2018 is shaping up to be the year that cold case serial killers are finally brought to justice. First, the FBI and California law enforcement arrested Joseph DeAngelo and charged him with the crimes of the "Golden State Killer" and the "East Area Rapist." Now, investigators in Michigan claim that 68-year-old Arthur Ream may be the man responsible for a string of murders and disappearances dating all the way back to the late 1970s.

The Detroit Free Press reports that police in Macomb Township now believe that Ream may have abducted and killed 12-year-old girl Kimberly King, who went missing way back in 1979.

Given Ream's criminal history, if he really did kill King, then he most likely lured the young girl into his vehicle under false pretenses. This scenario ended the life of Ream's only known victim.

Ream was first convicted in 2008 of the 1986 murder of 13-year-old Cindy Zarzycki, a teenager originally from Eastpointe, Michigan who went missing after leaving a local Dairy Queen. Detectives say that Ream tricked Zarzycki into entering his car by promising to take her to a surprise party for his son. At the time, Zarzycki dated Ream's son.

Ream was sentenced to life in prison for this crime. Ream is also a convicted pedophile who received another prison sentence for raping a 15-year-old.

Cold cases

On Tuesday, Michigan investigators returned to the vacant farm where at least four of Ream's possible victims were buried. The farm, which is located at 23 Mile Road and North Avenue in Warren, Michigan, is the exact same spot where police first uncovered Zarzycki's remains a decade ago. Police are hoping to find more of Ream's victims in this dumping ground.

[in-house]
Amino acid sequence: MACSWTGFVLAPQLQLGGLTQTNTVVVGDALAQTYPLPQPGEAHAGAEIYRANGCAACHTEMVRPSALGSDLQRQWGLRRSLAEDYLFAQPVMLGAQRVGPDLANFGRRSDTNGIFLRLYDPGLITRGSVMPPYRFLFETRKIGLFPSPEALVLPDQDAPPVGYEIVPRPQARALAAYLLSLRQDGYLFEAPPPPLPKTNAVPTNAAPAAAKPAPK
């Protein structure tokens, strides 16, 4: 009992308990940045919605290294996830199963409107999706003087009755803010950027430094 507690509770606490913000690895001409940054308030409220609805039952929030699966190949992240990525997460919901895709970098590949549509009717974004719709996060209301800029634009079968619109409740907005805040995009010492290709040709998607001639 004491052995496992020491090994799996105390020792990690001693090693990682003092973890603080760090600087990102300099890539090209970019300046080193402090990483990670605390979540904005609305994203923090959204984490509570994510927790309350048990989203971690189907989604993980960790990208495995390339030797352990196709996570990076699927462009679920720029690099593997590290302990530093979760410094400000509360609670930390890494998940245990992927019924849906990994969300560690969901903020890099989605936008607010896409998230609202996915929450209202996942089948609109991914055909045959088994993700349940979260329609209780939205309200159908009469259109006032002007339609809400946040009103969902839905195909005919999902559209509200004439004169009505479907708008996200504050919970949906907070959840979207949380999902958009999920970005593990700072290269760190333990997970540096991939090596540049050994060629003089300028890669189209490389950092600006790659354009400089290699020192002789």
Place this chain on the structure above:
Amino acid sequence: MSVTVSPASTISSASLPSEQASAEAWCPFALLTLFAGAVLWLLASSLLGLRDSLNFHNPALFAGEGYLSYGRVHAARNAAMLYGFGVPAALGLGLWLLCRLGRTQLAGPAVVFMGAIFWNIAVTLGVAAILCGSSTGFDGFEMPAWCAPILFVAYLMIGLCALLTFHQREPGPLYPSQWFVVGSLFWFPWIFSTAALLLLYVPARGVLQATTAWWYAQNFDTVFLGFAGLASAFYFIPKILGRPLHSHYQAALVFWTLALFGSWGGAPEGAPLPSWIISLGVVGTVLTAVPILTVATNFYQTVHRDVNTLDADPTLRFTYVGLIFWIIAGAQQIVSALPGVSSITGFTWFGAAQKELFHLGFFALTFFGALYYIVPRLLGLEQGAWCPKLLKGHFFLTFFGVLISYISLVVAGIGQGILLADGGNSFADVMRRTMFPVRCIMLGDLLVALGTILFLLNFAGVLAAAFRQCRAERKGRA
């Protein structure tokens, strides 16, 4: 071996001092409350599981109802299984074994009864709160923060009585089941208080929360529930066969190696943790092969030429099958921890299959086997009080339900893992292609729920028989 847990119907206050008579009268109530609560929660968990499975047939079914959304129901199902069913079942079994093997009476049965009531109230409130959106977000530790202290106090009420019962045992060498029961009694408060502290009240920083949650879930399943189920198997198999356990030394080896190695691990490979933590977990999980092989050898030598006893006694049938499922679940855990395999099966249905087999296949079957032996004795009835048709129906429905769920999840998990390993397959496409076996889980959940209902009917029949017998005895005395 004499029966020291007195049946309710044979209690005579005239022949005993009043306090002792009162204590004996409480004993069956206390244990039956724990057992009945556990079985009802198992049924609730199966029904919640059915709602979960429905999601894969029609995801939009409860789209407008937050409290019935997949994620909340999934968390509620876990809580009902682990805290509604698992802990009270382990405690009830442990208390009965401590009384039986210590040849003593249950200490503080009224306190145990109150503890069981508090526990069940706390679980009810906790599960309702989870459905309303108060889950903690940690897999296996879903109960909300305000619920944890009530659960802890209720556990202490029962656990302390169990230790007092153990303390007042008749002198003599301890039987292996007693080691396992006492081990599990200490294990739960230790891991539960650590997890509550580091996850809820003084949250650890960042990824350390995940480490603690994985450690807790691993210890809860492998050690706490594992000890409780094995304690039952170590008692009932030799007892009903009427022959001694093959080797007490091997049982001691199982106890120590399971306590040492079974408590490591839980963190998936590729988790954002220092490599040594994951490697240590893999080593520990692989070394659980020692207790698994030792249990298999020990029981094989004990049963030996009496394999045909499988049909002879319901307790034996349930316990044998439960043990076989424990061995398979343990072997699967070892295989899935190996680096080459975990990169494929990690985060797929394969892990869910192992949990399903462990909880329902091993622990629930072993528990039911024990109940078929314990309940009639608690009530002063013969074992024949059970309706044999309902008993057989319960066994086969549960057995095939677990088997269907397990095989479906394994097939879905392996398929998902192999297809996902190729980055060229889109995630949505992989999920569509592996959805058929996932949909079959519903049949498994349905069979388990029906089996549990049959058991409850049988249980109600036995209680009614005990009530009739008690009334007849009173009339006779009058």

Besides King, investigators believe that Ream may also be connected to other young girls who went missing in the area in the early 1980s. 17-year-old Kellie Brownlee vanished in 1982. 15-year-old Kim Larrow never returned to her Canton Township home and was declared a missing person in 1981.

Last seen alive

12-year-old King was last seen alive on September 15, 1979.

At the time, she was staying with her grandparents. The grandparents just so happened to live in Warren. That night, Kimberly made plans to attend a sleepover with a neighbor, but called her sister at approximately 11:30 PM from a public telephone. Konnie Beyma, Kimberly's older sister, told the young girl to return to her neighbor's house. This did not happen, and Kimberly was officially listed as missing the next day.

"It's the most important thing in my life. Absolutely," Konnie told ABC affiliate station WXYZ in Detroit. Beyma says that she no longer believes that her sister is alive. She simply wants her remains to "come home."